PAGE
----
On Sun, 26 Aug 2001 06:39:12 +0200 (MET DST), you wrote:
>>From: "Randy Smith" <firstname.lastname@example.org>
>Please humor me and my ignorance of the details involved, I will ask a lot
>of questions in trying to understand the situation.
>>Actually, the immigration of all those mexican peasants does indeed matter
>>to us all, especially those of us who are planning to be frozen if old age
>>aint cured pretty soon. The substantial MAJORITY of immigrants, mexicans or
>>otherwise, are "peasants."
>I would expect a majority, but is it SO marked? I'd expected a lot of
>poor urban dwellers with low-skill job abilities would be a big component
Most come from two rural provinces in Mexico. Many also come from
other countries in latin america, But it doesn't matter if they come
from the country or the city, or some other country. MOSTLY, they are
uneducated peasants, and they bring an uneducated peasant culture with
them and an uneducated, superstitious peasant brain with them..
Cultures are real; cultures differ; some culture offer this, other
cultures offer that. Often, unsurprisingly, "this" is better than
Say I am cruel or harsh or whatever, but there are choices to be made,
and in order to do so intelligently, one must engage the facts.
> They are probably more aware of the potential benefits of
>going to the US than a peasant, or so I would imagine in my ignorance,
>and extrapolating from what I've seen in the emigration patterns of Argentina
>and neighbouring countries.
>> From my observations, peasants don't run much of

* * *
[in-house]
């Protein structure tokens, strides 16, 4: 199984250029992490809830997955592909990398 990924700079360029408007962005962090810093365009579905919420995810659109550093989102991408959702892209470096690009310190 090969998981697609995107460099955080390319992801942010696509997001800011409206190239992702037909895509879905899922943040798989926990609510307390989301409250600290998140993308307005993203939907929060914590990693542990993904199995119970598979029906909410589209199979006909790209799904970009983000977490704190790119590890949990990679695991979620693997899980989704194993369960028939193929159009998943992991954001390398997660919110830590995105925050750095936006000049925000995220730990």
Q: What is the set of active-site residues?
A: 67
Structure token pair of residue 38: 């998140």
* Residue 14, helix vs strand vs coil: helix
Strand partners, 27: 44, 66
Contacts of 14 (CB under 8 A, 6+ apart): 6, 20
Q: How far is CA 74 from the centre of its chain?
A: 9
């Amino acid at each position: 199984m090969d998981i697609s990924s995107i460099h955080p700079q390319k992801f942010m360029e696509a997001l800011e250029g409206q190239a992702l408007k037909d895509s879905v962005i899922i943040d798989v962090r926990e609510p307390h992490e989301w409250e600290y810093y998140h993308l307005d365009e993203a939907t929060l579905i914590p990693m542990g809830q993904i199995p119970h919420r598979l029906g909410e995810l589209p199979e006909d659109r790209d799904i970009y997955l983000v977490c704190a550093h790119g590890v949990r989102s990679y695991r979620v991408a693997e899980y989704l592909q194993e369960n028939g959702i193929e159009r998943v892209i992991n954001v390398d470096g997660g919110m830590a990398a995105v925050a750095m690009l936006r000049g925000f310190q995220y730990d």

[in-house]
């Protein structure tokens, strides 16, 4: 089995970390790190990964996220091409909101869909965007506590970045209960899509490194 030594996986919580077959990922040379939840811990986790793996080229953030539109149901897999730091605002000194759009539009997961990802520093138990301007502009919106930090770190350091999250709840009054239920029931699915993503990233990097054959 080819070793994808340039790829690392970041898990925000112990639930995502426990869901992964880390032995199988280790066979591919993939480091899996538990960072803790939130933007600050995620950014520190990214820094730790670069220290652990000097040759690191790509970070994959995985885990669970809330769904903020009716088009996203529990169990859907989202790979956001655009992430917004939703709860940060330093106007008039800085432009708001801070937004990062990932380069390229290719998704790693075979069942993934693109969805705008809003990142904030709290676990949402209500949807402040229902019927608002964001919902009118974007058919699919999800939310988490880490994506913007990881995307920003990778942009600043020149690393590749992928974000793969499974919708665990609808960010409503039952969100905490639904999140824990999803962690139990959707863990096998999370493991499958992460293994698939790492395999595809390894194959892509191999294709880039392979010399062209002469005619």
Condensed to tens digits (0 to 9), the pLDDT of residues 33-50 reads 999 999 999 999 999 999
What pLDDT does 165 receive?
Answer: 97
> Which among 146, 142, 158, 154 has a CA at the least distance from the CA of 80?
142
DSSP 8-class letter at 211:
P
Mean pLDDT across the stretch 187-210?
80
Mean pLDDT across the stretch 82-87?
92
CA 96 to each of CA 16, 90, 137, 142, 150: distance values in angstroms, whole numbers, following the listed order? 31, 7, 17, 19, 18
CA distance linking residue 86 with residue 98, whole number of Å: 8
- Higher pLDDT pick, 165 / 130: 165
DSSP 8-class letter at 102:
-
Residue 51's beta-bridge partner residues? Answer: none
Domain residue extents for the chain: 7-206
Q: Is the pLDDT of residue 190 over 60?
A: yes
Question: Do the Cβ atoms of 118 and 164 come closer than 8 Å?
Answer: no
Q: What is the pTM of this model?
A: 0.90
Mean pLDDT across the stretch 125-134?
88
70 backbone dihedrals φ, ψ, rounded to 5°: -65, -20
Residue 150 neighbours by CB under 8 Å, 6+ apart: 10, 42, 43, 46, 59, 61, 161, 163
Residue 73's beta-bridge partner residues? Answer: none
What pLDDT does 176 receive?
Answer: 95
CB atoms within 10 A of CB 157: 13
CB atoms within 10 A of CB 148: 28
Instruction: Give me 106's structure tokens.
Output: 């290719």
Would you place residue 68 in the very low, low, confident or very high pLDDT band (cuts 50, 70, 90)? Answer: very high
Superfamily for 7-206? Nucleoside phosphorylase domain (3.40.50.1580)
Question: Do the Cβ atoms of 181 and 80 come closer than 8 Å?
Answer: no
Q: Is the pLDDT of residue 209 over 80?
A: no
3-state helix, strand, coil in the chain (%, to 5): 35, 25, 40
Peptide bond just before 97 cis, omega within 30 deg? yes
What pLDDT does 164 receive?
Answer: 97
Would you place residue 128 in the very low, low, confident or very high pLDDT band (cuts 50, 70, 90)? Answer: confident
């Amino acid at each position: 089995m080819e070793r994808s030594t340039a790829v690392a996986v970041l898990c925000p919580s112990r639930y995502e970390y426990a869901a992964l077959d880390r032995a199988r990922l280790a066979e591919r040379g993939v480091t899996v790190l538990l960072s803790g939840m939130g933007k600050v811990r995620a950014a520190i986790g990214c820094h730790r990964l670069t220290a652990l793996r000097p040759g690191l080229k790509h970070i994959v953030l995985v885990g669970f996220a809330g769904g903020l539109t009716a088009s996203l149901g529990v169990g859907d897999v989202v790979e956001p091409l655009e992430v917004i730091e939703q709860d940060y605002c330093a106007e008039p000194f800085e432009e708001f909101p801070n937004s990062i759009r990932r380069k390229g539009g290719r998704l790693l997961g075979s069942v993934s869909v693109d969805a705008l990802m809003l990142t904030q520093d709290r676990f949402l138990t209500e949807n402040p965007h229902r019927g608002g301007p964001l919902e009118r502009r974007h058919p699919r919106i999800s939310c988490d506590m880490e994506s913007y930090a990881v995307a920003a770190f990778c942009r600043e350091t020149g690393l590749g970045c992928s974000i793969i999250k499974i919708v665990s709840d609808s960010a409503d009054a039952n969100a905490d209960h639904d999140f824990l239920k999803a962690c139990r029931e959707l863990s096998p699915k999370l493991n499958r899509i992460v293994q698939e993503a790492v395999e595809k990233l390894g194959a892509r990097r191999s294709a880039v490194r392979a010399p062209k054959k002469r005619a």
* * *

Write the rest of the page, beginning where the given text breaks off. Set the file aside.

>>a country. Mainly, they live in kleptocracies. I don't want the USA to be a
>>kleptocracy. I doubt cryonics would be legal for the common man in the USA
>>were uneducated peasants to abound in the USA.
>Yes, they live in kleptocracies. But they suffer the abuses, instead of
>benefitting from them. Given that, I can't imagine why would they feel
>inclined to create a kleptocracy in the US. They may lack a lot of
>sophisticated political ideas and practice, but they should be able to
>recognize kleptocracy is a no win game for them. Were they benefitting
>from it, wouldn't they just stay in their countries?
As Lee pointed out, it would not be intended, but would be simply a
I am rather well acquainted with the particulars of the problem we are
discussing, BTW. I live in Texas in a location with a very high influx
of immigrants from mexico, and I grew up along the mexican border. In
fact, in the past, the family business (a sheep ranch) bordered
Mexico, and we have ranched in mexico itself. I speak some spanish,
>Also, how would
>the uneducated peasants keep you from enjoying cryonics? I thought those
>of them that are illegals wouldn't be able to vote or such, and those
>who can, well I just can't see them worrying much about the issue one
>way or another...
Like all peasants, they have lots of kids, and once here in the USA,
often become citizens. They raise their kids, and pass their cultures
onto their kids. Then we have a whole lot of uneducated,